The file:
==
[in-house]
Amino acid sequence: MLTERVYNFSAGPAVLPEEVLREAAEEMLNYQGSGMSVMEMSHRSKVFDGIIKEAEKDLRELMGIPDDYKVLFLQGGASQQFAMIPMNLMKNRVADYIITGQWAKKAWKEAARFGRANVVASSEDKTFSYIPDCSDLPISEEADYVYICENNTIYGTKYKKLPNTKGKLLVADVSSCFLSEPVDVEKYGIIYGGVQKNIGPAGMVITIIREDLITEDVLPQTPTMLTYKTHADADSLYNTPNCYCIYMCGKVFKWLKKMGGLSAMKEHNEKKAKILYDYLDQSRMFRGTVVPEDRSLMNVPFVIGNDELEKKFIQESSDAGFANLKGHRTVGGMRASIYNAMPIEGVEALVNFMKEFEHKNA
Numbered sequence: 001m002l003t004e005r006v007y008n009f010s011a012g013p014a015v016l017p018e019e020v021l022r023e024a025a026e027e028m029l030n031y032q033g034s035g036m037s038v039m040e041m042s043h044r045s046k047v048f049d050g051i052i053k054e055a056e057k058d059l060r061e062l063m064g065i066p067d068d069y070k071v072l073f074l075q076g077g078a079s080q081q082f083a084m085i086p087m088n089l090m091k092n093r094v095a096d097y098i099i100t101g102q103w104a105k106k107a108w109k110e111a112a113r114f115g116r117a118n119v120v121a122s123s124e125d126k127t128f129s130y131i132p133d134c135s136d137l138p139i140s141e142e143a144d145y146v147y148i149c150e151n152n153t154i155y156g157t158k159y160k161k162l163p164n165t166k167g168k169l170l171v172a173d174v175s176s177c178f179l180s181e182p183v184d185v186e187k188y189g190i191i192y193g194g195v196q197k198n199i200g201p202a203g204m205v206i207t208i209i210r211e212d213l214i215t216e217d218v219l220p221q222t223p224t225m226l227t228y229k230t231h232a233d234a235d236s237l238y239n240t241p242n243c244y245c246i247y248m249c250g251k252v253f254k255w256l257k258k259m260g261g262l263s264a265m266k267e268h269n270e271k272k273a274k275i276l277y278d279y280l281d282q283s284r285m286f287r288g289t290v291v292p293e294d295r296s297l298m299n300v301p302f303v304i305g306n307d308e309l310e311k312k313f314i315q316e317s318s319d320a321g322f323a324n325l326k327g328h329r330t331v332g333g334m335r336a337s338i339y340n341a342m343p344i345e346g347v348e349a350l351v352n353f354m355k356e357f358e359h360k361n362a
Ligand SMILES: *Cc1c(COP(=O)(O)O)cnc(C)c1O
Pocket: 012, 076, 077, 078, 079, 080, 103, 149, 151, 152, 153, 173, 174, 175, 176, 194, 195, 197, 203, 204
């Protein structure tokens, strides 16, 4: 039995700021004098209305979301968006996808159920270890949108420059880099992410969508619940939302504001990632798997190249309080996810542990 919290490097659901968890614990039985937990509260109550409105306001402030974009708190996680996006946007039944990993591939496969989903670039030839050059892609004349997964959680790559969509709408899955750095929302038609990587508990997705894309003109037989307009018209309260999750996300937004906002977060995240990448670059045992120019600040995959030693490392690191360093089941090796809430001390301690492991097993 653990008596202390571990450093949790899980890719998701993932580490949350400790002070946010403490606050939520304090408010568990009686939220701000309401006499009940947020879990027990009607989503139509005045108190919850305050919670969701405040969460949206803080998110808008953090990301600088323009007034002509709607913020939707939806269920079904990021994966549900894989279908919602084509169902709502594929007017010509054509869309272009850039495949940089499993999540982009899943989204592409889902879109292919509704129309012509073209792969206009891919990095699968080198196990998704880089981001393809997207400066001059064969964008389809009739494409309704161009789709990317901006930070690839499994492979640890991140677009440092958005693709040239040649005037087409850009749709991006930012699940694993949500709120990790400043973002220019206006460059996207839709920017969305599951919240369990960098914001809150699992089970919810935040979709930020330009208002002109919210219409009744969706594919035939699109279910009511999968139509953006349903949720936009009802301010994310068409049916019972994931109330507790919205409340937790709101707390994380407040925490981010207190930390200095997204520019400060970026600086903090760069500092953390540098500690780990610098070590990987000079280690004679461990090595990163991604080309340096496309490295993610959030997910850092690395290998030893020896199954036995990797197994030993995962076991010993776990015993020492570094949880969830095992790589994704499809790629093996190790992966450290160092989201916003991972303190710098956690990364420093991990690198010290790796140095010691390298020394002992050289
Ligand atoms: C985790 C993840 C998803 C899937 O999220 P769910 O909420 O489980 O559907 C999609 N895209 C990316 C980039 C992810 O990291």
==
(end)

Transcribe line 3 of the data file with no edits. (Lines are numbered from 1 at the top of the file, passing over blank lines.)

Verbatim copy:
Numbered sequence: 001m002l003t004e005r006v007y008n009f010s011a012g013p014a015v016l017p018e019e020v021l022r023e024a025a026e027e028m029l030n031y032q033g034s035g036m037s038v039m040e041m042s043h044r045s046k047v048f049d050g051i052i053k054e055a056e057k058d059l060r061e062l063m064g065i066p067d068d069y070k071v072l073f074l075q076g077g078a079s080q081q082f083a084m085i086p087m088n089l090m091k092n093r094v095a096d097y098i099i100t101g102q103w104a105k106k107a108w109k110e111a112a113r114f115g116r117a118n119v120v121a122s123s124e125d126k127t128f129s130y131i132p133d134c135s136d137l138p139i140s141e142e143a144d145y146v147y148i149c150e151n152n153t154i155y156g157t158k159y160k161k162l163p164n165t166k167g168k169l170l171v172a173d174v175s176s177c178f179l180s181e182p183v184d185v186e187k188y189g190i191i192y193g194g195v196q197k198n199i200g201p202a203g204m205v206i207t208i209i210r211e212d213l214i215t216e217d218v219l220p221q222t223p224t225m226l227t228y229k230t231h232a233d234a235d236s237l238y239n240t241p242n243c244y245c246i247y248m249c250g251k252v253f254k255w256l257k258k259m260g261g262l263s264a265m266k267e268h269n270e271k272k273a274k275i276l277y278d279y280l281d282q283s284r285m286f287r288g289t290v291v292p293e294d295r296s297l298m299n300v301p302f303v304i305g306n307d308e309l310e311k312k313f314i315q316e317s318s319d320a321g322f323a324n325l326k327g328h329r330t331v332g333g334m335r336a337s338i339y340n341a342m343p344i345e346g347v348e349a350l351v352n353f354m355k356e357f358e359h360k361n362a